Does Everyone Assume That We Live In An Infinite Universe?

This question is one that has been pondered since the dawn of human existence.

Great thinkers from ancient times often asked this question.

It seems, for the most part, the majority of people believe the universe is infinite. However, there have been some studies using computer simulations that negate that viewpoint. Not only that, several of today’s thinkers believe the universe is finite. And they have their reasons for that.

Quite frankly, this is a tough question to answer from a purely scientific perspective. There’s certainly not enough data to support any viewpoint. Scientists have proposed several scenarios and possibilities and have garnered ample support in all cases.

In order to find a potential boundary of the universe, one has first to have an idea of its size, shape, and the access that we have for observation.

What is the shape of our universe?

The shape and size of our universe would have to be correlated in some way. Cosmologists have postulated that universes would probably come in one of three shapes, all of which rely on the curvature of space.

Some theorize that the universe may be flat without any curvature but have an infinite amount of space. Or perhaps it is more open, shaped more like a saddle (having negative curvature), and endless. And then there’s a closed model, shaped like a sphere, and has distinct boundaries.

Measuring the size of the universe

The most up-to-date calculations claim that the observable universe reaches out some 46.5 billion light-years in all directions. This means it would have a diameter of around 93 billion light-years.

Here’s an interesting dilemma from this calculation. Science tells us that our universe is 13.8 billion years old. This means that light from its furthest edge took 13.8 billion light-years to reach us.  But during this time, the universe continued to expand at a rate that must be getting faster. Since the edge of the observable universe has apparently moved and is now 46.5 billion light-years from us.

According to several different estimates, outer space contains anywhere from around 200 billion to 2 trillion galaxies. And there are about 100 billion stars within each one of these galaxies on average. These massive numbers are almost impossible to comprehend. So it makes us wonder how such figures were obtained.

Estimating vast distances in space

Scientists employ several methods and tools to determine distances between celestial bodies within the vastness of space. First, they begin with known distances they have been measured directly. One such way is pinging radio waves off nearby objects in the solar system and determining how long it takes for these waves to return to Earth.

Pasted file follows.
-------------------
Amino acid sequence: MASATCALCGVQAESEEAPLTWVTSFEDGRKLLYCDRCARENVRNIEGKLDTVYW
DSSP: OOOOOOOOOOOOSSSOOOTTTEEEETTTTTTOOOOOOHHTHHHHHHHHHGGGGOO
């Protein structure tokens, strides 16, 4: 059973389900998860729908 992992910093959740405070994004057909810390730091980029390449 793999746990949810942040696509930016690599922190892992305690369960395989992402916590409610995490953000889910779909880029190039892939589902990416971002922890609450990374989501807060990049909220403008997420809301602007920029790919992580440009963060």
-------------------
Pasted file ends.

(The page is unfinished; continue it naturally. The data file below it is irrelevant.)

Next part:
For distances that are challenging and difficult to determine, such as those galaxies located on the universe’s boundaries, astronomers use inferences based on observational data and calculations.

For example, they might use “parallax measurement” that depends on measuring the shift of a star relative to celestial bodies in its background. And they may use “main sequence fitting,” which uses our existing knowledge of stellar evolution – since stars do evolve, changing their brightness and size.

Understanding how brightness is related to distance is critical in calculating the location of a distant object. And there’s also the analysis of redshift, which pertains to the measurement of observed wavelength change in the light that comes from faraway galaxies.

What about the unobservable universe?

All the numbers discussed above refer to the observable universe. These are the regions of the universe that can be observed on Earth directly or detected using our various instrumentation.

Of course, this leaves the portions of the universe we cannot observe. In addition, there are parts of the universe that are so far away; its light hasn’t reached us yet.

One study from a research team of UK scientists estimated that the ultimate size of our universe might be 250 times larger, at least when taking explanation into account. They discovered that a finite and closed universe would hold around 250 to 400 Hubble volumes when referring to space using the-called Hubble volume.

Some scientists think that the universe could have experienced multiple big bangs, followed by some big crunches. This would certainly make the size of the universe very hard to estimate.

Is there an edge to our universe?

Although there are many theories about the universe’s properties, many believe it is an expanding bubble of sorts from the big bang. Would this mean it has an edge, even if that edge is expanding?

Most likely, it does not have an edge.

Scholars claim that in the end, it must follow the so-called “cosmological principle,” and it must follow the laws of physics in every direction and have the same properties as well.